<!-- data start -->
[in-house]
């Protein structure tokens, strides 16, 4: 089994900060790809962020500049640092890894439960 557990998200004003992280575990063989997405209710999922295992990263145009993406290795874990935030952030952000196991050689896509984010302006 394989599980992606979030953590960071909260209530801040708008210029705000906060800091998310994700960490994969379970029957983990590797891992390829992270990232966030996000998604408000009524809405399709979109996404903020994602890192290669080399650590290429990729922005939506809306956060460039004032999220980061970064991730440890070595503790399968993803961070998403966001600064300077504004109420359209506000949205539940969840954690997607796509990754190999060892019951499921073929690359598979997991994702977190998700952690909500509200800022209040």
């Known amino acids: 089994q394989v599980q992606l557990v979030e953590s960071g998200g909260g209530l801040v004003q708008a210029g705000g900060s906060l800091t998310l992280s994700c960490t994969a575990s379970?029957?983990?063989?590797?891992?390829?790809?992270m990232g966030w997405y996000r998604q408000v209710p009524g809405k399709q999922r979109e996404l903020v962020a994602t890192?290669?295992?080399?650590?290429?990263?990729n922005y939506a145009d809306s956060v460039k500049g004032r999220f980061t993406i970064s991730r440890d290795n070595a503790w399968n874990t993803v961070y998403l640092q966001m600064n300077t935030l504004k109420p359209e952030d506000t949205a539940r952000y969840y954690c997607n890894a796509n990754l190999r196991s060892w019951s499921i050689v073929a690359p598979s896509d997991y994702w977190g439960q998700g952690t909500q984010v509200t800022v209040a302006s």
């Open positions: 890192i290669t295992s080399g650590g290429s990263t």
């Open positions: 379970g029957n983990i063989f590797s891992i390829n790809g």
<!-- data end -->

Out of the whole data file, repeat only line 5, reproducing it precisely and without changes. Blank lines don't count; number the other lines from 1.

């Open positions: 379970g029957n983990i063989f590797s891992i390829n790809g």